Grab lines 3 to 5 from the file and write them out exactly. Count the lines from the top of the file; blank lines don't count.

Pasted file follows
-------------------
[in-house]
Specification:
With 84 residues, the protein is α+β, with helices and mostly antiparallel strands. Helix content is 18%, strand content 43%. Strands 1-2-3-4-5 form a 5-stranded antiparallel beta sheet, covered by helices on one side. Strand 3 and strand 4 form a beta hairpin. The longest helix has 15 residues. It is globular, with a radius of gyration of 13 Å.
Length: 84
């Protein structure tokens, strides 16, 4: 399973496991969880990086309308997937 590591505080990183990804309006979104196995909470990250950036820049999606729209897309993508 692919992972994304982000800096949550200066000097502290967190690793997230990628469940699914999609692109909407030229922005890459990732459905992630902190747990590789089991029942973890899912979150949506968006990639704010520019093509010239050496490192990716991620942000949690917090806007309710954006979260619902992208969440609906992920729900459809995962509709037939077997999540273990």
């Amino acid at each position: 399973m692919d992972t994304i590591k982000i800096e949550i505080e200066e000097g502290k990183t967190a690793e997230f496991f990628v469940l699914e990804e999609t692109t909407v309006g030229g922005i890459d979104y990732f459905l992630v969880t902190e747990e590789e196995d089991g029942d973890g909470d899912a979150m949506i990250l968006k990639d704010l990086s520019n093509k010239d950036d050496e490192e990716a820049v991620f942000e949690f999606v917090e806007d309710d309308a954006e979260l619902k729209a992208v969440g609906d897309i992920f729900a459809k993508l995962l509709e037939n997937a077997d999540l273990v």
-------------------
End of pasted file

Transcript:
With 84 residues, the protein is α+β, with helices and mostly antiparallel strands. Helix content is 18%, strand content 43%. Strands 1-2-3-4-5 form a 5-stranded antiparallel beta sheet, covered by helices on one side. Strand 3 and strand 4 form a beta hairpin. The longest helix has 15 residues. It is globular, with a radius of gyration of 13 Å.
Length: 84
């Protein structure tokens, strides 16, 4: 399973496991969880990086309308997937 590591505080990183990804309006979104196995909470990250950036820049999606729209897309993508 692919992972994304982000800096949550200066000097502290967190690793997230990628469940699914999609692109909407030229922005890459990732459905992630902190747990590789089991029942973890899912979150949506968006990639704010520019093509010239050496490192990716991620942000949690917090806007309710954006979260619902992208969440609906992920729900459809995962509709037939077997999540273990």